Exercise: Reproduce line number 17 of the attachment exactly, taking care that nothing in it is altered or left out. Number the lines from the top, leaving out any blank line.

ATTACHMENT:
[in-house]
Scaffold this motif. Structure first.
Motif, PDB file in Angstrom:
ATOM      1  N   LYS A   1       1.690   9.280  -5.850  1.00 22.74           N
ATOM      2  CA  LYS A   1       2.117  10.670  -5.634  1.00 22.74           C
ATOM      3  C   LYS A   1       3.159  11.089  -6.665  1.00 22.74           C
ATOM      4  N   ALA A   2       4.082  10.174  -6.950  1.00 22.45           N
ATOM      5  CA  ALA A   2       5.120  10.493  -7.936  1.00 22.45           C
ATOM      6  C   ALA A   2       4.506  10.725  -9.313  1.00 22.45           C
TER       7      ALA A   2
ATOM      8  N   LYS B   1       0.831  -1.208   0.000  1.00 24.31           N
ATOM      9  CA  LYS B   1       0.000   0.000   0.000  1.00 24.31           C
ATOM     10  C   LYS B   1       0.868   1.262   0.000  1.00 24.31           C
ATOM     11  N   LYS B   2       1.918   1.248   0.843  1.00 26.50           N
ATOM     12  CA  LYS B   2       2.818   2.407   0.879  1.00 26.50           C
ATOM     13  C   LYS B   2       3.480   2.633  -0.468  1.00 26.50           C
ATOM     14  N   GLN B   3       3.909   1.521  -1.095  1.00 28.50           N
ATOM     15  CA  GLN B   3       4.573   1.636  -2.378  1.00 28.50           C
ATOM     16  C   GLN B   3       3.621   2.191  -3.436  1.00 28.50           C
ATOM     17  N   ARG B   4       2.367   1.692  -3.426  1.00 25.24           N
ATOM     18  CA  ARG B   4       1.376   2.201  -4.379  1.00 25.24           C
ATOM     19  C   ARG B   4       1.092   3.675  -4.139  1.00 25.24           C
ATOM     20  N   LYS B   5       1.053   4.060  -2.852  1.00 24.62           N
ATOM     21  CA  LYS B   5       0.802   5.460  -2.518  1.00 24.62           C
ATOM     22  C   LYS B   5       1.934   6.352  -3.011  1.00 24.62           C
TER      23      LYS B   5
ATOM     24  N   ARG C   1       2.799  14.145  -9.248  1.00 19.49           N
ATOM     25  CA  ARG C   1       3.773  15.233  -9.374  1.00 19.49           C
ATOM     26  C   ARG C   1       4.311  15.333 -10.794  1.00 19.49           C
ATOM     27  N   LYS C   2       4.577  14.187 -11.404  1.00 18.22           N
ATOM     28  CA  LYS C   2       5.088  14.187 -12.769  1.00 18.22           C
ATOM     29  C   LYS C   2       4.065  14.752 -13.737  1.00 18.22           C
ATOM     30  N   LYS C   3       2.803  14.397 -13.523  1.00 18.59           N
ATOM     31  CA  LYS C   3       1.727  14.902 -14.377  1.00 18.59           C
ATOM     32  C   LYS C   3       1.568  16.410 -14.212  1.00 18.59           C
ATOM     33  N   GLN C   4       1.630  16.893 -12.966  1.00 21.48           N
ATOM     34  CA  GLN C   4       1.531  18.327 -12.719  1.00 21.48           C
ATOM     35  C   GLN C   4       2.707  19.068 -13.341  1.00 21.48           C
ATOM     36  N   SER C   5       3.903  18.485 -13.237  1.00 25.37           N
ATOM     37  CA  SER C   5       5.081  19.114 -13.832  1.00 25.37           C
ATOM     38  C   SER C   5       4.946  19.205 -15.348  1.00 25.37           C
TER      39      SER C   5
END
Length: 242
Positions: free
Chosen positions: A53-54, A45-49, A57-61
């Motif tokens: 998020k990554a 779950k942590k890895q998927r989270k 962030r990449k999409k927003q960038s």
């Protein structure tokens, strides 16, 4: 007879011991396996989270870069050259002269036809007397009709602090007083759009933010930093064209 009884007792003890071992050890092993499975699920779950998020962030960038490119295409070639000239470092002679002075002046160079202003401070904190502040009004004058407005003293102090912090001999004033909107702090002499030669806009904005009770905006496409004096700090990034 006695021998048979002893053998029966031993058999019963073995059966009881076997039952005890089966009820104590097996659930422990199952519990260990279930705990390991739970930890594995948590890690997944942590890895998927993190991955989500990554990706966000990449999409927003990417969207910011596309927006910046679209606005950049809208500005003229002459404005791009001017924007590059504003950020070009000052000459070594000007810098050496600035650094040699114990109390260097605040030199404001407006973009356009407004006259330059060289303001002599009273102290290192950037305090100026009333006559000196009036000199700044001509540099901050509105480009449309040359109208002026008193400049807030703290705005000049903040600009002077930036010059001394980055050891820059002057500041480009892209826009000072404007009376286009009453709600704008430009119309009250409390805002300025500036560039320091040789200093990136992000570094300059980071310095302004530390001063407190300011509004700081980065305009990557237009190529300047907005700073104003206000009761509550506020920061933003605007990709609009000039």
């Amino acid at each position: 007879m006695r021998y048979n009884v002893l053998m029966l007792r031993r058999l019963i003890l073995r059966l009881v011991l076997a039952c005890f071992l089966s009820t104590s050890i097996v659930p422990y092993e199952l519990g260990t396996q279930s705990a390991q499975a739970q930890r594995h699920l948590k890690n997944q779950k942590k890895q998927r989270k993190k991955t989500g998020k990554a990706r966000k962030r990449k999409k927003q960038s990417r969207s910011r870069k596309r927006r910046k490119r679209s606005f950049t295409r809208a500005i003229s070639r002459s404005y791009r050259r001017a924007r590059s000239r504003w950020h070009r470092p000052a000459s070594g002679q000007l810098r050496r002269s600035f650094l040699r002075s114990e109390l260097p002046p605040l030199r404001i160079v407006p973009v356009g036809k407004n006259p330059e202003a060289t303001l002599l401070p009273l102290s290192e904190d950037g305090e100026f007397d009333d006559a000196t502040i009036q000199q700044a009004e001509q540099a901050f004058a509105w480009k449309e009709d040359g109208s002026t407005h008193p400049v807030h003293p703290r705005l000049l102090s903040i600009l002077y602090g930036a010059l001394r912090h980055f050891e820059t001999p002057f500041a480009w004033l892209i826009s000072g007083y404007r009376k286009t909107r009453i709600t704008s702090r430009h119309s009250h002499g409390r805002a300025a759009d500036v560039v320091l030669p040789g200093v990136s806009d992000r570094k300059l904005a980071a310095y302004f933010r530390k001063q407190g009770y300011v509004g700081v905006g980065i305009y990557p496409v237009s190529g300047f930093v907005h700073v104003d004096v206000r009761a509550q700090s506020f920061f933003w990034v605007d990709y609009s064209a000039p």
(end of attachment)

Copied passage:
ATOM     14  N   GLN B   3       3.909   1.521  -1.095  1.00 28.50           N